Show simple item record

dc.contributor.authorFletcher, Brian
dc.date.accessioned2021-01-05T14:58:05Z
dc.date.available2021-01-05T14:58:05Z
dc.date.issued2020
dc.identifier.urihttp://hdl.handle.net/10504/128941
dc.description.abstractABSTRACT|This Article is an in-depth analysis of the wealth tax proposals presented by former presidential candidates Bernie Sanders and Elizabeth Warren to determine if their proposals could be considered constitutional. As both plans propose a wealth tax based on “net worth,” this Article attempts to determine how a court or the tax code would most likely define this essential term for tax purposes. The proposals are then compared, in the context of United States legal history, to historically constitutional and unconstitutional federal taxes. Although the tax code is free to define any term as it sees fit, a court would most likely find that a “net worth” wealth tax is more comparable to a “property tax,” i.e., a direct tax, and is, therefore, unconstitutional as proposed by the former presidential candidates.en_US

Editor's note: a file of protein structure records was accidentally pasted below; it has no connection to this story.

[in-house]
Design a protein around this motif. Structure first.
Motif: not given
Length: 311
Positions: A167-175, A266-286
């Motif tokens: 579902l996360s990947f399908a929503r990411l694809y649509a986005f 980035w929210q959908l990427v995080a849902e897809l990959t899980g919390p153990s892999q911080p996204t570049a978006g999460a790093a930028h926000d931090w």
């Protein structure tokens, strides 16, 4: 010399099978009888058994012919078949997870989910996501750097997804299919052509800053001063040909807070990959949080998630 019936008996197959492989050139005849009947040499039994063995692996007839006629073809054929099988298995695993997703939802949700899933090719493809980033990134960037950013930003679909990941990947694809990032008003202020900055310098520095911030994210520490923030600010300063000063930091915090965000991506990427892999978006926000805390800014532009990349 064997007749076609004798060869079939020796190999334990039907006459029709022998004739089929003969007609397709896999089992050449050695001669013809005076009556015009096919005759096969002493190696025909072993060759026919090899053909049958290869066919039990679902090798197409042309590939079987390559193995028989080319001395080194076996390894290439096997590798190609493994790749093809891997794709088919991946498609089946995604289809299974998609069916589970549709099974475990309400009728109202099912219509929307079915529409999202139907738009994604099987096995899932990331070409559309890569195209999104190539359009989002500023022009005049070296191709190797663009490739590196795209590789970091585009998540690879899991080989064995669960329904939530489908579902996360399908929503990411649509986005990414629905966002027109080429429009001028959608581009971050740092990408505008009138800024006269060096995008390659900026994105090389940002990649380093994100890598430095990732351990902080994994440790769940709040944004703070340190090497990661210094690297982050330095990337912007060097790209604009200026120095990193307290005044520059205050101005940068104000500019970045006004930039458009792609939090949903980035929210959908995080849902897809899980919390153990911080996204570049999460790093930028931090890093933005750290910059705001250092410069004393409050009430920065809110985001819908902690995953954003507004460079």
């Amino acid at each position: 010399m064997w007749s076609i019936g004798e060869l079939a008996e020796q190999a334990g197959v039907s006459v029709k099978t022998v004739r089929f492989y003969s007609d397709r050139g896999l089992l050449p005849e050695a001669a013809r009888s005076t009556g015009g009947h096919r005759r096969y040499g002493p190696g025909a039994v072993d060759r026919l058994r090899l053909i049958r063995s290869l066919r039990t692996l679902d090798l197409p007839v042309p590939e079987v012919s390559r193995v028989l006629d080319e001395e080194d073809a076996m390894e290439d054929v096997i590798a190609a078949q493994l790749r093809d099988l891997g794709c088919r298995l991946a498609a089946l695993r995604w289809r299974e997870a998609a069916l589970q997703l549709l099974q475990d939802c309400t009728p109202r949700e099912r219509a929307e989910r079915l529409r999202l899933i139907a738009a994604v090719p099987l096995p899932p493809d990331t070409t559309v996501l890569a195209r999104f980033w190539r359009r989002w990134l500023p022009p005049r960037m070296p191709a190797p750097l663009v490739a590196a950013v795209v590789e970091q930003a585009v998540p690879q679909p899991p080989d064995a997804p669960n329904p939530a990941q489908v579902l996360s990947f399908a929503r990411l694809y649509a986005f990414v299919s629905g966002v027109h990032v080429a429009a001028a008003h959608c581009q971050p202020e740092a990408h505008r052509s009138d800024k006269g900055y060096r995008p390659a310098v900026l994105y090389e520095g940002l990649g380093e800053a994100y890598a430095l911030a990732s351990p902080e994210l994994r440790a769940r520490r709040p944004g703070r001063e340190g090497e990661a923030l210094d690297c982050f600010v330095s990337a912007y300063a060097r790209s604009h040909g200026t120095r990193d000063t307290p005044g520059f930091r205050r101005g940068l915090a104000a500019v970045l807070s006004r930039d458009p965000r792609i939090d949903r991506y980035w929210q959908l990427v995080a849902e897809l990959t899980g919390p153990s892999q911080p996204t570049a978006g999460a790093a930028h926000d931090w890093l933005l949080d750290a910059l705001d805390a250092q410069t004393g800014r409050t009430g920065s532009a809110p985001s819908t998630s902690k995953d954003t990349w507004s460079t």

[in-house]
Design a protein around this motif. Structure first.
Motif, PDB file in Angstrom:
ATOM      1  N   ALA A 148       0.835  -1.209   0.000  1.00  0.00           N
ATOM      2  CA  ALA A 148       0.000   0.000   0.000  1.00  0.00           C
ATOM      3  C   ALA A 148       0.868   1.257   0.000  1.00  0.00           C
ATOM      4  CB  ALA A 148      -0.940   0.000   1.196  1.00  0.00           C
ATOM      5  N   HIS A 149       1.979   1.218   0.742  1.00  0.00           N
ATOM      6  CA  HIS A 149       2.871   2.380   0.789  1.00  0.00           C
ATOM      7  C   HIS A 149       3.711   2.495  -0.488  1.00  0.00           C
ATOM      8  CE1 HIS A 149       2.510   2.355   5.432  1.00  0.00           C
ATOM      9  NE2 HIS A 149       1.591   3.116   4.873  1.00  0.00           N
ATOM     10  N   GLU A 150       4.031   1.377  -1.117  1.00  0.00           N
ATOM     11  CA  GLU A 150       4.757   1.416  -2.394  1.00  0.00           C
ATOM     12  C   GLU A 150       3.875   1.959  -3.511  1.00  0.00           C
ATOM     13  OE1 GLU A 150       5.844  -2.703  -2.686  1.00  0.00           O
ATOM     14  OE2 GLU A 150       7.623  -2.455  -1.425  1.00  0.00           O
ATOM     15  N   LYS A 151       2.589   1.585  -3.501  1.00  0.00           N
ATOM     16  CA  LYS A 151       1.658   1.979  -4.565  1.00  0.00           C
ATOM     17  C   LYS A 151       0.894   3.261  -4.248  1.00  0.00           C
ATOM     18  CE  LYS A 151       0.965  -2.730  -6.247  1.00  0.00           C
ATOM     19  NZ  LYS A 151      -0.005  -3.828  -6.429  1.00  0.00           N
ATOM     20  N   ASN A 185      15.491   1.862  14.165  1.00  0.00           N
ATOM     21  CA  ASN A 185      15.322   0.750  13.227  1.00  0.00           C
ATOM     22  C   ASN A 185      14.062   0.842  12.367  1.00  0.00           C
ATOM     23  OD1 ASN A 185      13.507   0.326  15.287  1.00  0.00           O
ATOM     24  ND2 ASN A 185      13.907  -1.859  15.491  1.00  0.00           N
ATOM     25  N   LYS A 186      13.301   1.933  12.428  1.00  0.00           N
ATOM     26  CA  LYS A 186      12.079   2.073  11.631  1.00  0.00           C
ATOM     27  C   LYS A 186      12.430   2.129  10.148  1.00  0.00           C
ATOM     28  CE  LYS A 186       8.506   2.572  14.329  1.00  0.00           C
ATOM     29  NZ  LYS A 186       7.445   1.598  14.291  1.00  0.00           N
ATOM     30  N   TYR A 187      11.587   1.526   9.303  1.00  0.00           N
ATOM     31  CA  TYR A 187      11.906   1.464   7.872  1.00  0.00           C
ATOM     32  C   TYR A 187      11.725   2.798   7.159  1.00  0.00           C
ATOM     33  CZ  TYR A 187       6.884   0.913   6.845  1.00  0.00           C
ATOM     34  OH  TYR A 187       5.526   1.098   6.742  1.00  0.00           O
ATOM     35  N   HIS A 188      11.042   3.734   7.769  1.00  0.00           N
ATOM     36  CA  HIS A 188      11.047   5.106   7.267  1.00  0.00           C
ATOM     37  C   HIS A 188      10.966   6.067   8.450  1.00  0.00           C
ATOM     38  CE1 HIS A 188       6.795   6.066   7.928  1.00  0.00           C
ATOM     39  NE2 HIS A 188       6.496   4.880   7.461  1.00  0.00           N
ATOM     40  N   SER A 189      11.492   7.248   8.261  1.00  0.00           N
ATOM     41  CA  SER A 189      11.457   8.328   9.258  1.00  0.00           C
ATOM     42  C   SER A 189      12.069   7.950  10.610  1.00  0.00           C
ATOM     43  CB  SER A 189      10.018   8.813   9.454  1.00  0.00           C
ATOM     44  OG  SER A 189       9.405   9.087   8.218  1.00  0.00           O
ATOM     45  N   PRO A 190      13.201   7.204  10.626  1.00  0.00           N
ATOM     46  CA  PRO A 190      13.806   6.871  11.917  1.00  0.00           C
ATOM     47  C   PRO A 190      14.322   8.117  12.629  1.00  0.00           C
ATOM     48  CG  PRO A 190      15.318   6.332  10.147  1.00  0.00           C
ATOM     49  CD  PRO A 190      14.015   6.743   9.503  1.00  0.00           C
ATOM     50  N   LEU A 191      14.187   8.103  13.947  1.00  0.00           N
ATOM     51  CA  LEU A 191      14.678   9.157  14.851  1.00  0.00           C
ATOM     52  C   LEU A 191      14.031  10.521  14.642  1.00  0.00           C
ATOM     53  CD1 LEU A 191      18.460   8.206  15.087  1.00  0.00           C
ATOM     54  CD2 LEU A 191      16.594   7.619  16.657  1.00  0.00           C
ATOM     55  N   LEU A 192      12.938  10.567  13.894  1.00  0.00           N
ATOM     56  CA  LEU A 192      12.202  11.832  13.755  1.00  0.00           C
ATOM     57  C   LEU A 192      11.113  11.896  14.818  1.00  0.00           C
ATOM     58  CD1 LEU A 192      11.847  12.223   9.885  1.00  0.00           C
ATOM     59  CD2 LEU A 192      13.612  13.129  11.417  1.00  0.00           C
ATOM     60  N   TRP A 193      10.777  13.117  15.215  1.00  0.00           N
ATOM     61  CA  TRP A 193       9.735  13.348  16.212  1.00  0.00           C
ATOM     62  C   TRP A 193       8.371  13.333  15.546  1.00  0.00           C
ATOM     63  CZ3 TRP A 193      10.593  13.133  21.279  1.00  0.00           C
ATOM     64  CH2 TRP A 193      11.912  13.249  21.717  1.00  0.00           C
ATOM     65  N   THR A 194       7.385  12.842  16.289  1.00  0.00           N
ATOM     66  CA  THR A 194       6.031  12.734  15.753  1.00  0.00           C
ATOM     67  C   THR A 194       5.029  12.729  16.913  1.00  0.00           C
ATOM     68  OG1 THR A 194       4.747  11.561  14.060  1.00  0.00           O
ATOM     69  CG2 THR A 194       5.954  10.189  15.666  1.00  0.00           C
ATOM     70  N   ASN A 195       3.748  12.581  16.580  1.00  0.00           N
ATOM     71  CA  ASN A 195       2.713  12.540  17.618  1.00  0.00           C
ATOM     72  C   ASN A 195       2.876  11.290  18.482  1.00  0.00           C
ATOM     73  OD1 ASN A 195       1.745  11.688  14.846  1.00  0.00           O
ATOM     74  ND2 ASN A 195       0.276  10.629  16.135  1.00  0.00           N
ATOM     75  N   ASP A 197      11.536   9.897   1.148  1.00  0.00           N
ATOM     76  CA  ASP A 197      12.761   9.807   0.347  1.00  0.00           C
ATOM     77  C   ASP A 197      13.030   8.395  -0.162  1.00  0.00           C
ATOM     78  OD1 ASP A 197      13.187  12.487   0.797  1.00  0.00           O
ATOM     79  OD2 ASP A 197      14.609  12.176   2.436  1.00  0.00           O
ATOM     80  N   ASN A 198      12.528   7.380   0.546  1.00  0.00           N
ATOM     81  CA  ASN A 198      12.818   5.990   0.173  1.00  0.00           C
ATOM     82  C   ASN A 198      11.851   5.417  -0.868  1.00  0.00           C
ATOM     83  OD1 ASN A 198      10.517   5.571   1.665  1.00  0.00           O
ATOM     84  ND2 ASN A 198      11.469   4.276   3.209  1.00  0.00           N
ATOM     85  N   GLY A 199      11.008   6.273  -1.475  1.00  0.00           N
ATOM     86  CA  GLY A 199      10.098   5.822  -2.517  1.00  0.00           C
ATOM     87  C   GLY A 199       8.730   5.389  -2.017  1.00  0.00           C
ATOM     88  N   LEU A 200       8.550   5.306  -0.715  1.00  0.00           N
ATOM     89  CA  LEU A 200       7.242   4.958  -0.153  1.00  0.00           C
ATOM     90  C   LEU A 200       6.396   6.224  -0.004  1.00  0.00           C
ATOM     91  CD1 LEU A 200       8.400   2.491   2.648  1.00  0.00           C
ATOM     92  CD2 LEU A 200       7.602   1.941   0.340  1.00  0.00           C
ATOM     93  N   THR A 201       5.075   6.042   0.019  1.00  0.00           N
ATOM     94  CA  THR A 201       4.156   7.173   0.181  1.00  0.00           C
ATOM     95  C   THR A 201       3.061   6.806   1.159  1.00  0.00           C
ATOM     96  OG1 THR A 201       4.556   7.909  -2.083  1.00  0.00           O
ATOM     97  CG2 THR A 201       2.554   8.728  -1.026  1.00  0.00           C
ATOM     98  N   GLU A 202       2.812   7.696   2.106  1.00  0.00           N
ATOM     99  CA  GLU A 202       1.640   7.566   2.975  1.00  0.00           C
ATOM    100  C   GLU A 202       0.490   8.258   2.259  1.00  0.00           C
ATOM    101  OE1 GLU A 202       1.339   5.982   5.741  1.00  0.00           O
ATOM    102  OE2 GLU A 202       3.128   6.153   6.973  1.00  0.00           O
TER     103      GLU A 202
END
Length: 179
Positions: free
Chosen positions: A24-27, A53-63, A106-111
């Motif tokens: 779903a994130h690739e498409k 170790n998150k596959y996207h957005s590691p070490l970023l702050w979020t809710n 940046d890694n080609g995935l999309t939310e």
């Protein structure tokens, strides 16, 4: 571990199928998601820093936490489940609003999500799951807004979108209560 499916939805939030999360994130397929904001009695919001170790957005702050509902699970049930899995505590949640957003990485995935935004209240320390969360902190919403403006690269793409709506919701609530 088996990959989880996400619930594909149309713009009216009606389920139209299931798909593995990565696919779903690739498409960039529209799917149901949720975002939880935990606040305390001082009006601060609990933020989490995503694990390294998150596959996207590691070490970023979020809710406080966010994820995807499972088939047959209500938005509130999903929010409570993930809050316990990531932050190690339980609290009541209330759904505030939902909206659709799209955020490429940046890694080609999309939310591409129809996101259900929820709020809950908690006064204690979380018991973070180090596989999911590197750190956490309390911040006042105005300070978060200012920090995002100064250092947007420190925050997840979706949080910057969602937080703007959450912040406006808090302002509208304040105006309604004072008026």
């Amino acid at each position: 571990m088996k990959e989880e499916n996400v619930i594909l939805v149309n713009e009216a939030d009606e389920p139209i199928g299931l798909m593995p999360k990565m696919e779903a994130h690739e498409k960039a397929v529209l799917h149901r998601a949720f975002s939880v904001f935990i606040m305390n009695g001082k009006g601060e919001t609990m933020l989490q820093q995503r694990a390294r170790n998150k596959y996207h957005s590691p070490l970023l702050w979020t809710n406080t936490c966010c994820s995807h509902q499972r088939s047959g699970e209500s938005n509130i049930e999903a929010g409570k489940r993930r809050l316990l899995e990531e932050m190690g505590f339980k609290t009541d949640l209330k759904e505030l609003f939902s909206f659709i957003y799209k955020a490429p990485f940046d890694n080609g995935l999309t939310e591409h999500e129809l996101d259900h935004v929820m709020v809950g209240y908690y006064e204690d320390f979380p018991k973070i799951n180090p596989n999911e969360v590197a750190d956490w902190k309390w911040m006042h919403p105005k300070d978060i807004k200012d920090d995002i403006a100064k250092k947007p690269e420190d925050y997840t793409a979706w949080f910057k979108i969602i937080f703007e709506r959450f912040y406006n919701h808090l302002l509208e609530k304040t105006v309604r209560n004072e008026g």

dc.publisherCreighton University School of Lawen_US
dc.titleCon or Constitutional: An Analysis of the "Net Worth" Wealth Taxen_US
dc.typeJournal Articleen_US
dc.rights.holderCreighton Universityen_US
dc.description.volume54en_US
dc.publisher.locationOmaha, Nebraskaen_US
dc.title.workCreighton Law Reviewen_US
dc.description.pages87-106en_US
dc.date.year2020en_US
dc.date.monthDecember
dc.description.issue1en_US


Files in this item

Thumbnail

This item appears in the following Collection(s)

Show simple item record